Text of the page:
But that doesn't explain the need to see a ballgame in the stadium one more time (or, as in the cases of Dan and my sons, for the first time). What's that all about? For one thing, it's about history and heritage, a sense of connectedness to our roots. My sons are thirteen and eleven, but they know who Ty Cobb was, what he meant to the development of the game, and how long ago he played. They know the names of Kaline and Greenberg and Cochrane (their grandfather's favorite player) and Gehringer and George Kell and Heinie Manush and what they accomplished. They understand that Ruth and Gehrig and Williams had played on that very field. They know that Twins great Harmon Killebrew, whom they have met and whose autograph they each have, hit a shot on August 3, 1962, that cleared the left field roof, and that he was the first ever to do it. They realize that in the context of Tiger Stadium, those names have meaning and life; they've been to the Metrodome, for example, and can tell intuitively that the great Killebrew has no presence there at all, not even as a ghost.

For another thing, it's about class. The new stadia are for the well-heeled only. The death of Tiger Stadium is also the death of "the belief that baseball is a pastime for everyman, and not just for the suits," as Fisher wrote in his Post article. Ticket prices in new stadia go up 35 percent on average. The better seats in the new stadium in Detroit will cost up to $75-each. On our trip to Tiger Stadium, we paid $6 to camp in the center field bleachers, where we could see everything except a double or homer to the lower deck in right, and we only lost the tail end of the ball's flight in those cases. Yes, there are several thousand obstructed view seats in Tiger Stadium, but most of them require little more than leaning left, right or forward to compensate. The trade-off is you're hanging right out over the field: you're present.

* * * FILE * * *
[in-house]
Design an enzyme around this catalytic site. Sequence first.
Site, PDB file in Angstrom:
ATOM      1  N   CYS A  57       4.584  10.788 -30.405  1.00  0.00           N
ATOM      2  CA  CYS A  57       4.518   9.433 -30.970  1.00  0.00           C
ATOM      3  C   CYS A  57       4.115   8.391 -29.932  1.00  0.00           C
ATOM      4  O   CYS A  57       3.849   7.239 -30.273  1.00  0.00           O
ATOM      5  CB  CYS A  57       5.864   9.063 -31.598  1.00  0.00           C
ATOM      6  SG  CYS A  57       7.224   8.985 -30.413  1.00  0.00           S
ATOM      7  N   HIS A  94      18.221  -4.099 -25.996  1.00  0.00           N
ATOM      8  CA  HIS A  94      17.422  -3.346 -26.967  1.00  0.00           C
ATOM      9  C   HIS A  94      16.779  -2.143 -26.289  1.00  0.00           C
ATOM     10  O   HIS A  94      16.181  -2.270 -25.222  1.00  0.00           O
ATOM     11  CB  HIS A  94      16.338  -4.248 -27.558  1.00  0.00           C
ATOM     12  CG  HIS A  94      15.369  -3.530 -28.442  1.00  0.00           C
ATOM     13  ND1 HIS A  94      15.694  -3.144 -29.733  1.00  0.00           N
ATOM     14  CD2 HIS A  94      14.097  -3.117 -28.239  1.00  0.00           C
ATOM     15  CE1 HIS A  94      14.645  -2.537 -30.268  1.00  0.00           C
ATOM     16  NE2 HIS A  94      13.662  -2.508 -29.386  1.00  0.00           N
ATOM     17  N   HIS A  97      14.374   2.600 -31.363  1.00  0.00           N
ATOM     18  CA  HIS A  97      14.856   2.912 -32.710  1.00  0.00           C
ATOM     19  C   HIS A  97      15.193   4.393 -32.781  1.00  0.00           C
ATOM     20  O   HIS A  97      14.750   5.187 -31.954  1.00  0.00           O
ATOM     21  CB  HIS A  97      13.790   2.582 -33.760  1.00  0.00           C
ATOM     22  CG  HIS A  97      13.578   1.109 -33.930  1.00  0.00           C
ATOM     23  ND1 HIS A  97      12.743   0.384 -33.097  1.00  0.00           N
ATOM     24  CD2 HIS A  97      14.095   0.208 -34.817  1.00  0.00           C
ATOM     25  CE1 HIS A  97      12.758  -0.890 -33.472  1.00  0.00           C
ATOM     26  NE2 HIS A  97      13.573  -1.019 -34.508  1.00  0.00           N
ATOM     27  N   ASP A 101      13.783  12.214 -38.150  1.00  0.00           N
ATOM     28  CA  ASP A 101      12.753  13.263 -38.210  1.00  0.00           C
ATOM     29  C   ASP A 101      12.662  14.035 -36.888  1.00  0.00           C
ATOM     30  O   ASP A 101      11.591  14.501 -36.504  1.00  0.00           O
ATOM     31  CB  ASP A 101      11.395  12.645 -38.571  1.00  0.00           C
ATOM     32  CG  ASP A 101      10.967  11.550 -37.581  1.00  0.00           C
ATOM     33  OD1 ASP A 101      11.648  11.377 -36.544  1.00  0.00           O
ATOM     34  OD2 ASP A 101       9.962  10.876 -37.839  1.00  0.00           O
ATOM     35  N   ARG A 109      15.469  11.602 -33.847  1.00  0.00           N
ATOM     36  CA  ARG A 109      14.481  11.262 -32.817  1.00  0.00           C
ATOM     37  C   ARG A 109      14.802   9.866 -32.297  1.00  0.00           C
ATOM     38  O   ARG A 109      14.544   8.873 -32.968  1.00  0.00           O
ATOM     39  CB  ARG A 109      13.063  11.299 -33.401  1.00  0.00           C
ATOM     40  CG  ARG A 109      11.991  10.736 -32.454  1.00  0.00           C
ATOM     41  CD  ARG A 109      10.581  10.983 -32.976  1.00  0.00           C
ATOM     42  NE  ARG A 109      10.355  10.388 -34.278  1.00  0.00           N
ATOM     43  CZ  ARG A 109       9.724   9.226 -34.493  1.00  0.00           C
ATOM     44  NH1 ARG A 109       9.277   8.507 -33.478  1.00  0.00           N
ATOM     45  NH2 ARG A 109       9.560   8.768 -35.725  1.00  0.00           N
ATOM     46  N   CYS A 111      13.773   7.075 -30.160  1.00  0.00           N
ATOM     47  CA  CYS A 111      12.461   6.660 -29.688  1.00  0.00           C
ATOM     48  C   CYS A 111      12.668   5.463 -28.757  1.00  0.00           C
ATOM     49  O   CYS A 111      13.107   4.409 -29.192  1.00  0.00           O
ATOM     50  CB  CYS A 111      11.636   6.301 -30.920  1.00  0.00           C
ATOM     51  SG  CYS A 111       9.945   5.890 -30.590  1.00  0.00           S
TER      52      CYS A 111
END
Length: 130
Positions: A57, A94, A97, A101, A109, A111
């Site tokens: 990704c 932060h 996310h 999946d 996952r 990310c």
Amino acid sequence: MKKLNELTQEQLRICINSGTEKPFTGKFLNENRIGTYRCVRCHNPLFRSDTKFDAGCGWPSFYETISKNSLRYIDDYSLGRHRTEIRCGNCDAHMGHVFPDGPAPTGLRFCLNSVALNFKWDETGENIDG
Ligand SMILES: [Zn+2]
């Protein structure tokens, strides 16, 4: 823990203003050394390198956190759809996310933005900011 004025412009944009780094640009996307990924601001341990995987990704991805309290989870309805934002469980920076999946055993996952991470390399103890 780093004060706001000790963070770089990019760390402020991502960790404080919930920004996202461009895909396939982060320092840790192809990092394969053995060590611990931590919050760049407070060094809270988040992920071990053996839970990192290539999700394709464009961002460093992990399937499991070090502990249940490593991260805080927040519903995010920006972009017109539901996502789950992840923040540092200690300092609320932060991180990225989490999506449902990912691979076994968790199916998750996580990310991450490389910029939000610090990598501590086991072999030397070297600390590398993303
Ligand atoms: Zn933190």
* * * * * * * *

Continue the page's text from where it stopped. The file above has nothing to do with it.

Finally, there's the question of aesthetics, and of what's to become of our cities. Yeah, I know Tiger Stadium wasn't exactly pretty. I know some people in this country prefer new and shiny to old and weathered. Lots of people do. There's something particularly American about the desire-or is it a compulsion?-to reinvent ourselves every other generation or so. So we keep putting up new strip malls and big indoor malls and megamalls. And we keep building housing development after housing development, pushing the cities out further and further from the core, trying our best to buffer ourselves from one another. Meanwhile our cities turn to part crumbling war zone, part gaudy entertainment zone, with both parts unfit for human habitation. I won't get into the problems inherent in suburban sprawl here. If you're interested in the arguments for preserving urban life, read Philip Bess's City Baseball Magic and The Old Neighborhood by NPR's Ray Suarez. I just want to go on record as saying I almost always prefer the old and weathered. It's about character-and meaning.

School started a couple of weeks ago, and one of the first homework assignments my youngest, Will, received, was to write about a special place he visited over the summer. Talk about a no-brainer. He wrote about Tiger Stadium of course, and the fun he had there, and seeing Tony Clark play, and about Cobb and Greenberg. He told about how it was going to be torn down, and he asked why that had to happen. Why, indeed? I told him that it's a long, sad story. About greed and corruption both public and private and the misuse of power. About a fundamental lack of respect for the city of Detroit (and all cities) and for the game of baseball.

He just didn't understand it. But then, neither do I. —EFQ

STEPHEN LEHMAN is editor of Elysian Fields Quarterly.

This column first appeared in EFQ 16:4, Fall 1999

© 1999 Stephen Lehman